I suspect that Alastair and I are not the only ones now, finally, kitting ourselves out with smartphones. I sense a general society-wide stampede in this direction, as the iPhone works its magic. The iPhone defines what a smartphone is, and all those for whom money is no object get one. That tells the Taiwanese copyists what to copy at half the price, and now they have pretty much got there.
I will also be buying a “bluetooth” (Michael J says that will work) keyboard, much like the black keyboard in this posting (scroll down a bit), to go with my smartphone, the idea being that I will be able to type stuff in as well as read things. (That keyboard is also a straight copy, in black, of an Apple keyboard, incidentally. Again with the Apple influence.) A smartphone screen too small for typing, you say? My very first computer, an Osborne, had a screen that was hardly any bigger, and I loved that. Osborne equals a very stupid version of a smartphone, plus a keyboard, plus half a ton of electro-crap that is no longer needed. Discuss. I feel one of those ain’t-capitalism-grand postings for Samizdata coming on.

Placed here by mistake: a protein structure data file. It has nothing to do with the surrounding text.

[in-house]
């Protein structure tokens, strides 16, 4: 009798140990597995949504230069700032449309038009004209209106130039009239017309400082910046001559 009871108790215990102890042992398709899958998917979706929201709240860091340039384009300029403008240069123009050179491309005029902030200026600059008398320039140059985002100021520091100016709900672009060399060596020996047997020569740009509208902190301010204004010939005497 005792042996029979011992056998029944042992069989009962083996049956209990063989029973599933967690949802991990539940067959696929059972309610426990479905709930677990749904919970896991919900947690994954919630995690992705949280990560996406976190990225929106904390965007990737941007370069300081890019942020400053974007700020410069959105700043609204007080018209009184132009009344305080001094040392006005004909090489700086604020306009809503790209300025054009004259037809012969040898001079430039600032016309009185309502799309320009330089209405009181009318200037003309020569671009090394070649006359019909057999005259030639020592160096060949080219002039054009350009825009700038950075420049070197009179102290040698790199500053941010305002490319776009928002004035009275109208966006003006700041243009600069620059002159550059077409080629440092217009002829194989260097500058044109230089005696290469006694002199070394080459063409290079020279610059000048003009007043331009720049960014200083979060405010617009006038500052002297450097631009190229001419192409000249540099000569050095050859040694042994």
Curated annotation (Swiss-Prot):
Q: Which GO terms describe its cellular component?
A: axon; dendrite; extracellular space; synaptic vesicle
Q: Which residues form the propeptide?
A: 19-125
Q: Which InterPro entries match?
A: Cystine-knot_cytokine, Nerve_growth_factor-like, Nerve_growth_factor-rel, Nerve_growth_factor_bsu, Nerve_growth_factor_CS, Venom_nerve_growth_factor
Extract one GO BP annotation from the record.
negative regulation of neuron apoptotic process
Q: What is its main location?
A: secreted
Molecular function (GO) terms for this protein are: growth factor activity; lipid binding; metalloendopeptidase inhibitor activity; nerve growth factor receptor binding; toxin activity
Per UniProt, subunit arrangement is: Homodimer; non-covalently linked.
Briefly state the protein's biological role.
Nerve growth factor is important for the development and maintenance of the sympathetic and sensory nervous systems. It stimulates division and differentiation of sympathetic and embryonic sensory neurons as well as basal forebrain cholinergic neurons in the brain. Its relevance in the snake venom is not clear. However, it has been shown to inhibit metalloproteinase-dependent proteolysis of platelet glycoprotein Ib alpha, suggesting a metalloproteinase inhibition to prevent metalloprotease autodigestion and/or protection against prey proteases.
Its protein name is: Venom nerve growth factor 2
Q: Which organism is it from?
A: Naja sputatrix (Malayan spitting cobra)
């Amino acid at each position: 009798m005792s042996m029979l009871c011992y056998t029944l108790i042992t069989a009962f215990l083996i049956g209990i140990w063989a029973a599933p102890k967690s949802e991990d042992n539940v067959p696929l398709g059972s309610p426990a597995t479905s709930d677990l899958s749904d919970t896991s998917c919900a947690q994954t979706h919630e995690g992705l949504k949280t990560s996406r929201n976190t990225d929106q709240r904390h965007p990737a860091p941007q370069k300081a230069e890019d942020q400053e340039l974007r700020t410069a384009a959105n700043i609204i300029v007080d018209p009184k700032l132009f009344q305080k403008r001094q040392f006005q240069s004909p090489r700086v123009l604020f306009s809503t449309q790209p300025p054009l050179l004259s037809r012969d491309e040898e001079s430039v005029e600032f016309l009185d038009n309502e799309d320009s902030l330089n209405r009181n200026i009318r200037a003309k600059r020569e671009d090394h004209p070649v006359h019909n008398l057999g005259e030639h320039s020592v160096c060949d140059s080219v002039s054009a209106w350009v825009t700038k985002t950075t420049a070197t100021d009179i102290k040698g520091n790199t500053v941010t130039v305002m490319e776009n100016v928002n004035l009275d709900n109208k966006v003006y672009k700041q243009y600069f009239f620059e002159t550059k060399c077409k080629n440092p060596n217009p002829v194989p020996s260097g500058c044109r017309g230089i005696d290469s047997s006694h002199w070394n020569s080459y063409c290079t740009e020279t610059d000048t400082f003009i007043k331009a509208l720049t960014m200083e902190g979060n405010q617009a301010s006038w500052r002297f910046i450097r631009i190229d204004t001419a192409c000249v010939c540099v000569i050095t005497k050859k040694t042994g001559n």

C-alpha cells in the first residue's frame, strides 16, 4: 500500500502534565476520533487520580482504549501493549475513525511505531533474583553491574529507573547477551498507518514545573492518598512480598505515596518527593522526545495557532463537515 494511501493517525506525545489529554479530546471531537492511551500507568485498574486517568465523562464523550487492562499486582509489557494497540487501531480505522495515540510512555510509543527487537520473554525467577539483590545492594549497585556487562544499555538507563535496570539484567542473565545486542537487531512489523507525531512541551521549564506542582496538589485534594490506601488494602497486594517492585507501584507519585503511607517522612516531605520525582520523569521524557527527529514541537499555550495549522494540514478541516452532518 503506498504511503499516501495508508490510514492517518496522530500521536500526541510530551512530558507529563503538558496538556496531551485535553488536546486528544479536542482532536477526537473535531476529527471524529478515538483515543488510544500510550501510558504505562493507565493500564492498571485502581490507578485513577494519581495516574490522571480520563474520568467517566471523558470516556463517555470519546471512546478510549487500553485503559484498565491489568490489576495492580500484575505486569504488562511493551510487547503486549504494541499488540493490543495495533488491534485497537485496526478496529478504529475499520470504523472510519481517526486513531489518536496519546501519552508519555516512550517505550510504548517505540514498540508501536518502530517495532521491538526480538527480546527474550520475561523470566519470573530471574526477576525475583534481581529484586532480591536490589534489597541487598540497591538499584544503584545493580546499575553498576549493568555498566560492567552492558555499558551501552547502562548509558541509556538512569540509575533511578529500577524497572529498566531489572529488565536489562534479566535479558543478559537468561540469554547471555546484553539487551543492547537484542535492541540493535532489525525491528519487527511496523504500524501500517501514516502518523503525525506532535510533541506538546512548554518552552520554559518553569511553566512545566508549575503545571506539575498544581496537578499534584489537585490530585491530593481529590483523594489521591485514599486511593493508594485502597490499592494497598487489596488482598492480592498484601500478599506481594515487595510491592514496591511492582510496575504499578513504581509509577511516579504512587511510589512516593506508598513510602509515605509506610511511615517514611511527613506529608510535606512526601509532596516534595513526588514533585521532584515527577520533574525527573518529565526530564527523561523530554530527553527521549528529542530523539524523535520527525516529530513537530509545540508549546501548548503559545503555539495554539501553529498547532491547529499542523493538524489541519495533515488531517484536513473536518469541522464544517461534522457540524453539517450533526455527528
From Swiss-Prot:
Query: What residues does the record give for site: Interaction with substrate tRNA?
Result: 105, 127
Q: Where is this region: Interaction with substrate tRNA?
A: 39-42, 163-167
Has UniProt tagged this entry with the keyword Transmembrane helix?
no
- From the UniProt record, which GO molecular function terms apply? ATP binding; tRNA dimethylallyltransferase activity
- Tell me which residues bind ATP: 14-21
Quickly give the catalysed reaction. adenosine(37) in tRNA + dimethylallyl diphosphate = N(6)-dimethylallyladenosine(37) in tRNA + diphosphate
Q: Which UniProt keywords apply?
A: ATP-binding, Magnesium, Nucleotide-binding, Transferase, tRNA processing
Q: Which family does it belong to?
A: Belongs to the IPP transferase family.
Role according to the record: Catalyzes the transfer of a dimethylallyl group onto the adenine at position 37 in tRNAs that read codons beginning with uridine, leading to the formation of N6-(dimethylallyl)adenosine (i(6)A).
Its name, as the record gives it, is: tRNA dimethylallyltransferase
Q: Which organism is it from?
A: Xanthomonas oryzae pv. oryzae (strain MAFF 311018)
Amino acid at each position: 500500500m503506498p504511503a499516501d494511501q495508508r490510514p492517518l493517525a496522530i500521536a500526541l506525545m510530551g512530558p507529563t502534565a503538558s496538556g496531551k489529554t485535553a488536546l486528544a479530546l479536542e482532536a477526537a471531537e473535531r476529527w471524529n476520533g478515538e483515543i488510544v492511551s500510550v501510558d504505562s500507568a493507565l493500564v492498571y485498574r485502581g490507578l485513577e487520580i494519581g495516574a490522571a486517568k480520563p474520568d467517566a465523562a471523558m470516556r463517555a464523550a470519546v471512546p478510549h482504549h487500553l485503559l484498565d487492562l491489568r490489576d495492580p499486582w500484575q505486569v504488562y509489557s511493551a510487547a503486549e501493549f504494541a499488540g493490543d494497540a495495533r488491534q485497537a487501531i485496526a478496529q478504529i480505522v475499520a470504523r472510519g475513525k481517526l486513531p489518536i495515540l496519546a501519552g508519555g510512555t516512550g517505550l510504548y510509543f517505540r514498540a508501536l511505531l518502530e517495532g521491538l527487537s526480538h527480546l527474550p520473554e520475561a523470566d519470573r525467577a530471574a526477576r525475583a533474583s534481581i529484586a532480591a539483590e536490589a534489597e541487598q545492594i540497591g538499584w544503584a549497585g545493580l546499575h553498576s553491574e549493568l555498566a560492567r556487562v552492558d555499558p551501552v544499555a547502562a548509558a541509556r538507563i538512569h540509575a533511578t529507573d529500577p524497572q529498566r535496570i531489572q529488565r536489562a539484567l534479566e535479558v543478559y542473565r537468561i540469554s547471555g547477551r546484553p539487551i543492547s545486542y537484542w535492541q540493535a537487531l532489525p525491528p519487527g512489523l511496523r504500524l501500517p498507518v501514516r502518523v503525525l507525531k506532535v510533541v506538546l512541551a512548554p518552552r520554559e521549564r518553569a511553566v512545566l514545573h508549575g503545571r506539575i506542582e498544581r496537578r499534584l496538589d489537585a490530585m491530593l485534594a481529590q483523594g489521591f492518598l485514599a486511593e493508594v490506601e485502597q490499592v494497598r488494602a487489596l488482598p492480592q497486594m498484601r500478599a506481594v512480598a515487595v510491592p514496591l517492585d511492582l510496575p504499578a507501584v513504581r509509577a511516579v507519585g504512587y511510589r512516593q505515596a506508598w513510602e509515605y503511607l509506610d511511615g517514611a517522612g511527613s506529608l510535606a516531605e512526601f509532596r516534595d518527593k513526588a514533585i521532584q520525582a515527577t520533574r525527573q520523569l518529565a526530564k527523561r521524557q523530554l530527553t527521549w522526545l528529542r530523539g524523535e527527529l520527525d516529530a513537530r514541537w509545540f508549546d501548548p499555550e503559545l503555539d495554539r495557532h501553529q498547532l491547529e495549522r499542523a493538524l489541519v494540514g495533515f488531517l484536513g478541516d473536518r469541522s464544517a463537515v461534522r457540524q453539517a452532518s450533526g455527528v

The trouble with my current laptop is that, like the Osborne if with less extremity, it is still quite heavy. This means that I don’t always have it with me, in fact I pretty much now never have it with me, because when I do take it with me on my travels I often never actually use it, and in the meantime greatly resent its weight. The idea is that I will always have my smartphone with me (obviously), and always (fingers crossed) with the keyboard. So whenever a blogging opportunity beckons, when I am out and about, I will be able to respond.
The smartphone I am getting also has a rather good camera included. It’ll be interesting to compare that camera with my present one.